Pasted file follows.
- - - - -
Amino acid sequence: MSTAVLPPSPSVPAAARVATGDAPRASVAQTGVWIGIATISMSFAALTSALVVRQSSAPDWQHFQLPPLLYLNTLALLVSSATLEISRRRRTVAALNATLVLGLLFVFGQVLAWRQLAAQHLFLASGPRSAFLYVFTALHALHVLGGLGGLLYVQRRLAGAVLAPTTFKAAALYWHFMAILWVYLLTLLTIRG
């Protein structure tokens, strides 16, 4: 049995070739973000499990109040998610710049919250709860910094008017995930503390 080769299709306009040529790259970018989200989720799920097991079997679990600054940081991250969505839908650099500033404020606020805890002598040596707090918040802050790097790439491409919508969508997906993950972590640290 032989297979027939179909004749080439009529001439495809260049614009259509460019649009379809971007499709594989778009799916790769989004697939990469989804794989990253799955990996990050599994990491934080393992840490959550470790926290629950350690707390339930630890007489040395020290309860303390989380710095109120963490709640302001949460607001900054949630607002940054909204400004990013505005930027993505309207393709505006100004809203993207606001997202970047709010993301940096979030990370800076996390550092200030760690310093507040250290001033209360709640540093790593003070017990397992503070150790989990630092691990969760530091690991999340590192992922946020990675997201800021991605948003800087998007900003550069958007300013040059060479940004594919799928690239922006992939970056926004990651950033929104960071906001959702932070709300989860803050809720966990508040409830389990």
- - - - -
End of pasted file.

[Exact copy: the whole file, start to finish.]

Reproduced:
Amino acid sequence: MSTAVLPPSPSVPAAARVATGDAPRASVAQTGVWIGIATISMSFAALTSALVVRQSSAPDWQHFQLPPLLYLNTLALLVSSATLEISRRRRTVAALNATLVLGLLFVFGQVLAWRQLAAQHLFLASGPRSAFLYVFTALHALHVLGGLGGLLYVQRRLAGAVLAPTTFKAAALYWHFMAILWVYLLTLLTIRG
């Protein structure tokens, strides 16, 4: 049995070739973000499990109040998610710049919250709860910094008017995930503390 080769299709306009040529790259970018989200989720799920097991079997679990600054940081991250969505839908650099500033404020606020805890002598040596707090918040802050790097790439491409919508969508997906993950972590640290 032989297979027939179909004749080439009529001439495809260049614009259509460019649009379809971007499709594989778009799916790769989004697939990469989804794989990253799955990996990050599994990491934080393992840490959550470790926290629950350690707390339930630890007489040395020290309860303390989380710095109120963490709640302001949460607001900054949630607002940054909204400004990013505005930027993505309207393709505006100004809203993207606001997202970047709010993301940096979030990370800076996390550092200030760690310093507040250290001033209360709640540093790593003070017990397992503070150790989990630092691990969760530091690991999340590192992922946020990675997201800021991605948003800087998007900003550069958007300013040059060479940004594919799928690239922006992939970056926004990651950033929104960071906001959702932070709300989860803050809720966990508040409830389990």